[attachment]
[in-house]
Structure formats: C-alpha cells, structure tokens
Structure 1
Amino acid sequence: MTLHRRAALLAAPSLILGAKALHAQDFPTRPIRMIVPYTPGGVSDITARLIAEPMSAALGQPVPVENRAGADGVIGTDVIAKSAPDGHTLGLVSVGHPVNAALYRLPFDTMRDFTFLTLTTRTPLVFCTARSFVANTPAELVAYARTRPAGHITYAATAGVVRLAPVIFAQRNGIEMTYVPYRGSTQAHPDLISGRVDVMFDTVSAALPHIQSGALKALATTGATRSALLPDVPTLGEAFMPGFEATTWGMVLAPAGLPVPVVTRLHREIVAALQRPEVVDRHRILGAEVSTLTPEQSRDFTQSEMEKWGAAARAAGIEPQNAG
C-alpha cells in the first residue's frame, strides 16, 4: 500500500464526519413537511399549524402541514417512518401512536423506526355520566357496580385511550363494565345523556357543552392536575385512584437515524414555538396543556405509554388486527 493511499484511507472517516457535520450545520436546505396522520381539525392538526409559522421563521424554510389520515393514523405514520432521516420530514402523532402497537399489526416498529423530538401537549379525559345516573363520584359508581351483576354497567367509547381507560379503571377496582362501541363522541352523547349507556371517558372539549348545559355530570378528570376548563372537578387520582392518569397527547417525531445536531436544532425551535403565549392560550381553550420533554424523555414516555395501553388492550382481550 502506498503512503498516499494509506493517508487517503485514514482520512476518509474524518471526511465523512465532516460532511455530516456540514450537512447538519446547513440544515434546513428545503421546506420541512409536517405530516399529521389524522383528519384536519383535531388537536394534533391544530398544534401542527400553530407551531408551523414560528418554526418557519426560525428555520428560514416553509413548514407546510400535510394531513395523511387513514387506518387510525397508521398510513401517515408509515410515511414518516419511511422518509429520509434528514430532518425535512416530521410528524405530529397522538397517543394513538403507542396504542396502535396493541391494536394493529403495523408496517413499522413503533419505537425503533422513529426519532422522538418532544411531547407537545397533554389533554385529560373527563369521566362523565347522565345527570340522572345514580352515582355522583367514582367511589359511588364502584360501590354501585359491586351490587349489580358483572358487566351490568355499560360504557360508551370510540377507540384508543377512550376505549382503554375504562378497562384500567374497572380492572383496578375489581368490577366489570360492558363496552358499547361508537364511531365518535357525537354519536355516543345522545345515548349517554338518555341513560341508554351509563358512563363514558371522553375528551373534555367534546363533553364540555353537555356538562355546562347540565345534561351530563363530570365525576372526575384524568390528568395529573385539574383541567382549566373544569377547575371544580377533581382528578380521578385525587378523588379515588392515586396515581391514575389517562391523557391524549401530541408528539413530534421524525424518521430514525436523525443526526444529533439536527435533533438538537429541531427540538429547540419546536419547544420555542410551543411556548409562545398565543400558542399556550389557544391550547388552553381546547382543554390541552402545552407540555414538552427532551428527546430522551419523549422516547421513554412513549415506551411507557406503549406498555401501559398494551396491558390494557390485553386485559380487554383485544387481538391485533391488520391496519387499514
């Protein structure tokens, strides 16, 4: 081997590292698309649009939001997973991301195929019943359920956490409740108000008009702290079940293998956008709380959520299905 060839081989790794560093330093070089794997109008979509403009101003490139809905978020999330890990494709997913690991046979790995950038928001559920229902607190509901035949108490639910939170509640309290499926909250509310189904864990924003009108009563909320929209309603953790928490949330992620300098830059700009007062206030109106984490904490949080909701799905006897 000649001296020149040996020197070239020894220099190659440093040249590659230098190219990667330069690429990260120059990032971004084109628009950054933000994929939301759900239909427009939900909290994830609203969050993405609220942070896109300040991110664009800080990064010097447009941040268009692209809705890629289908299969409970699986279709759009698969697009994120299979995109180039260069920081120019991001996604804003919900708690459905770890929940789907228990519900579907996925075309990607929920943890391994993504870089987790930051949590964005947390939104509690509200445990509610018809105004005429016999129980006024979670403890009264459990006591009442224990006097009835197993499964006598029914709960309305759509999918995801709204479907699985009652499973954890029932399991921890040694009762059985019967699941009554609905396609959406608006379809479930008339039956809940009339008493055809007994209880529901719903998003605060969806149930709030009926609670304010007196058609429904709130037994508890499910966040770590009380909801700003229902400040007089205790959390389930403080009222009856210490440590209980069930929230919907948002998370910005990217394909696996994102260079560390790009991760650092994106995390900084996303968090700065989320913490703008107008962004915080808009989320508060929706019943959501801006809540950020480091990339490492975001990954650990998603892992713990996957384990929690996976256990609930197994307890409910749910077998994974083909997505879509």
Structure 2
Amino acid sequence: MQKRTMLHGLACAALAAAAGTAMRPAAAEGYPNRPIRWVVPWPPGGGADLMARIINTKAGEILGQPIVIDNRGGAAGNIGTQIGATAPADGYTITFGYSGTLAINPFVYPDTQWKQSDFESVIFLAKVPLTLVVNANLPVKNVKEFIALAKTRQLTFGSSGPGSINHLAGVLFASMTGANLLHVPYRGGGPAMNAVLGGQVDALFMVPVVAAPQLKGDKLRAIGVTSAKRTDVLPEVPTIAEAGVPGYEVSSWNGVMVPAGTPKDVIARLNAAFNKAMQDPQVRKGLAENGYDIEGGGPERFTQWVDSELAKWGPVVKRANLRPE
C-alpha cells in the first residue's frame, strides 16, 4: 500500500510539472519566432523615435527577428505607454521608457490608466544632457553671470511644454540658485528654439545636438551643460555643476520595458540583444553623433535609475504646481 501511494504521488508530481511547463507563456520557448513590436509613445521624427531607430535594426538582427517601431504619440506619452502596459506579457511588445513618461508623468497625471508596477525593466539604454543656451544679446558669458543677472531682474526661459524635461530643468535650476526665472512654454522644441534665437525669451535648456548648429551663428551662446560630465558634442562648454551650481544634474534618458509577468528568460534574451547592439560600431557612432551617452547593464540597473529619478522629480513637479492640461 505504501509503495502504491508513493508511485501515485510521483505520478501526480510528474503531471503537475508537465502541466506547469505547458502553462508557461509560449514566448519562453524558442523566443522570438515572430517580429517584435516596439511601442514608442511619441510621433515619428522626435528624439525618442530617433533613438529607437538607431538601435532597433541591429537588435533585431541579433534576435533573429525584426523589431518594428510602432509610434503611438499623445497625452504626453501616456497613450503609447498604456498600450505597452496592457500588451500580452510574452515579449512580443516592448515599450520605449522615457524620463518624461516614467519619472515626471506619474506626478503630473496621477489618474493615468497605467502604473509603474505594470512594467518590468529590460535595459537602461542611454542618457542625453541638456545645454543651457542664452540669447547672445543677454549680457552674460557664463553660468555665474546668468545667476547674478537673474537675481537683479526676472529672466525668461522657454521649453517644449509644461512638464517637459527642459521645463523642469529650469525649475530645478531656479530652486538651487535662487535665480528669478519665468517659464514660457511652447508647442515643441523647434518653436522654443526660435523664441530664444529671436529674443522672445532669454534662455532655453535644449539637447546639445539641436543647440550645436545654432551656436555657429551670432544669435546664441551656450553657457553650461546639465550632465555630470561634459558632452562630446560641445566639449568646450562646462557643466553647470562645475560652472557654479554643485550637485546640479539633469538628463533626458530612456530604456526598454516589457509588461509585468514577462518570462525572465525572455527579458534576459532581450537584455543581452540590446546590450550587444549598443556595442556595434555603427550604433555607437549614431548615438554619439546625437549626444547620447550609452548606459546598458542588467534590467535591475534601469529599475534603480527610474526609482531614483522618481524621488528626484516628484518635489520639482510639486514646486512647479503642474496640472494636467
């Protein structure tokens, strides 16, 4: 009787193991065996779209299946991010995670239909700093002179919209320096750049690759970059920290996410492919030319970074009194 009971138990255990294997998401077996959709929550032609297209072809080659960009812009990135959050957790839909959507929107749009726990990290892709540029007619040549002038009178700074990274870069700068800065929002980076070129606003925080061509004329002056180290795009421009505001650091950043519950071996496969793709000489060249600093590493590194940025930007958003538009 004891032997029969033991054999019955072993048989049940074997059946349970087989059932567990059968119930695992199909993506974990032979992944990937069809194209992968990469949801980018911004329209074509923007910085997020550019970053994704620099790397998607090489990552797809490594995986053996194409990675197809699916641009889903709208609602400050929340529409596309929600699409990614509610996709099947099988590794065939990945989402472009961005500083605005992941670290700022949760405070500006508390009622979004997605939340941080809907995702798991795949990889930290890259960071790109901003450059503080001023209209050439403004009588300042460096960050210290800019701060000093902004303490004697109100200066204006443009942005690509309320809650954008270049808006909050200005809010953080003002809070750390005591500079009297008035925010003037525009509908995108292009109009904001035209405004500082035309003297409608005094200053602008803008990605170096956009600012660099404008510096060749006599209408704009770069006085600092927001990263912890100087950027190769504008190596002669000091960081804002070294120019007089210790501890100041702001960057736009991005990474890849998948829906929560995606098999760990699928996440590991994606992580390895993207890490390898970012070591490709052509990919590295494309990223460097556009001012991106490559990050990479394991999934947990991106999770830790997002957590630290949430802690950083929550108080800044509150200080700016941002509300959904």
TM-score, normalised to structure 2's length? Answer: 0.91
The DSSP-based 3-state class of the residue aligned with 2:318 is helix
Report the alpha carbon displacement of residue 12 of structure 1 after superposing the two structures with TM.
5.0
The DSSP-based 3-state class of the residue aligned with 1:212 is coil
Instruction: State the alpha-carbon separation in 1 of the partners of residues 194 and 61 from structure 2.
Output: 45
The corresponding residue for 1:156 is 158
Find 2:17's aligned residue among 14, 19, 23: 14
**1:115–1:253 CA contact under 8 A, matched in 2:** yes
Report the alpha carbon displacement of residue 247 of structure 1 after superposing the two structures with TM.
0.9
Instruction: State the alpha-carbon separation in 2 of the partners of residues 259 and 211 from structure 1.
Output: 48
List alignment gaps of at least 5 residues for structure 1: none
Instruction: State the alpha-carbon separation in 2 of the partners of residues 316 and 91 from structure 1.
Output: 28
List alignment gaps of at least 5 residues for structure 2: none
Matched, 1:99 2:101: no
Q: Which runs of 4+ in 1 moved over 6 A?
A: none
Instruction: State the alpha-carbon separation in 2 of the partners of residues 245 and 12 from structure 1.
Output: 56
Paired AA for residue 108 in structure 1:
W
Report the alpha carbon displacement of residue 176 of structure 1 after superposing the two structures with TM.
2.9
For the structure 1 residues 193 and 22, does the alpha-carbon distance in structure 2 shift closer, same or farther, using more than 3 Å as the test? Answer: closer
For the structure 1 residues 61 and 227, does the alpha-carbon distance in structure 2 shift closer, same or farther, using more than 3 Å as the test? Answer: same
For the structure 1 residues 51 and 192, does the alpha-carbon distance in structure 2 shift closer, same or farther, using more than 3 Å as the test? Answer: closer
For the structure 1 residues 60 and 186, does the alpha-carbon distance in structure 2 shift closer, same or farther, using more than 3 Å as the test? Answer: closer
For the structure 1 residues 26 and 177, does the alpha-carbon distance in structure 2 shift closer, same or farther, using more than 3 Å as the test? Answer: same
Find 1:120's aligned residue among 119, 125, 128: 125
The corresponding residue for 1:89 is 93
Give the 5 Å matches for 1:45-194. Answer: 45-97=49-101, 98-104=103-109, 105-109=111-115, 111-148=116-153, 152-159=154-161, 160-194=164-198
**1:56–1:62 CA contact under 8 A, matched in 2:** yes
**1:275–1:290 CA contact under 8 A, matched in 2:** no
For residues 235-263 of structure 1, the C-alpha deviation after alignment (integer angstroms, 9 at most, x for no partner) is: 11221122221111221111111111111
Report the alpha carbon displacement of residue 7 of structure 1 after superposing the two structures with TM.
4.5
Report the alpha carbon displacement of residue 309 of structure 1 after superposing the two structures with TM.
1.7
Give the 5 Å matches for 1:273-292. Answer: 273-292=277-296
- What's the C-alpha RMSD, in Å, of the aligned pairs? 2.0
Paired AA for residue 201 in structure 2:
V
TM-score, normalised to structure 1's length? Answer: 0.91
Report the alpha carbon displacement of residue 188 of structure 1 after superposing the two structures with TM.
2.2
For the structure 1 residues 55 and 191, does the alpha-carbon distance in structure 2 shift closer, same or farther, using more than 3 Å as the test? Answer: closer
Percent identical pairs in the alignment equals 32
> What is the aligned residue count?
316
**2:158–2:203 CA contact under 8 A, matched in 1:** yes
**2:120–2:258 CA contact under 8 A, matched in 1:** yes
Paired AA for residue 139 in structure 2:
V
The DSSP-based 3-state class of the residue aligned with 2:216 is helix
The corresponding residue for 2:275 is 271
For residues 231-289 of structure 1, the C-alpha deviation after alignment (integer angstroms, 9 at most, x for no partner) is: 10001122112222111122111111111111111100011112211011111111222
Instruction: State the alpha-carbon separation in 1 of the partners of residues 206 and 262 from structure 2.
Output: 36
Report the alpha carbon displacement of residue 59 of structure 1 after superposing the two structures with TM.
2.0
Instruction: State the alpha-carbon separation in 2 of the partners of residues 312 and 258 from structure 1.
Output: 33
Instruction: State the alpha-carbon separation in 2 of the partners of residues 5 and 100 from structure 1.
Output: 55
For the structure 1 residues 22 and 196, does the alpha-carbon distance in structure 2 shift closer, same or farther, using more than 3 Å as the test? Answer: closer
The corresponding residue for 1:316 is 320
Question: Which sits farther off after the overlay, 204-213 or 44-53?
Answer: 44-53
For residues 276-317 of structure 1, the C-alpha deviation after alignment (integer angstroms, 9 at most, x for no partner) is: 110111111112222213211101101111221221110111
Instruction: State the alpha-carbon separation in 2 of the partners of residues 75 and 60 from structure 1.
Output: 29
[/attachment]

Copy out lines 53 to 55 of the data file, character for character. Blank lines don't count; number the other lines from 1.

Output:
Give the 5 Å matches for 1:273-292. Answer: 273-292=277-296
- What's the C-alpha RMSD, in Å, of the aligned pairs? 2.0
Paired AA for residue 201 in structure 2: